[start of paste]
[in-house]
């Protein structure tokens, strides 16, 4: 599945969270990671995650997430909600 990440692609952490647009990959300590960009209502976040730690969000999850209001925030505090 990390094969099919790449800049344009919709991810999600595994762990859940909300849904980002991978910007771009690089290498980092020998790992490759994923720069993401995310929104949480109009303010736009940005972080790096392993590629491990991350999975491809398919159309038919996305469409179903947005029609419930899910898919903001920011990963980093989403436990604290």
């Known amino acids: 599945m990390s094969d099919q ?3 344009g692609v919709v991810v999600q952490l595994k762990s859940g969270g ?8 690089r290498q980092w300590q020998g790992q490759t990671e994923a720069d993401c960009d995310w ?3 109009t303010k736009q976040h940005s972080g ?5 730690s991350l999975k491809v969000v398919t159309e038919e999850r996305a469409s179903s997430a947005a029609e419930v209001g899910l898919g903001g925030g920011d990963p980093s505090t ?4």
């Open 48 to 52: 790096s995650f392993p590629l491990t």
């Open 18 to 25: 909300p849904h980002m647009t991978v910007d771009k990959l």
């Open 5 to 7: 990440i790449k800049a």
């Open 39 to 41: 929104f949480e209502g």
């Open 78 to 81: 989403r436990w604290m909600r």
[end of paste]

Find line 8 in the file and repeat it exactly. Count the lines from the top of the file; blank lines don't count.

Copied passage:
């Open 78 to 81: 989403r436990w604290m909600r």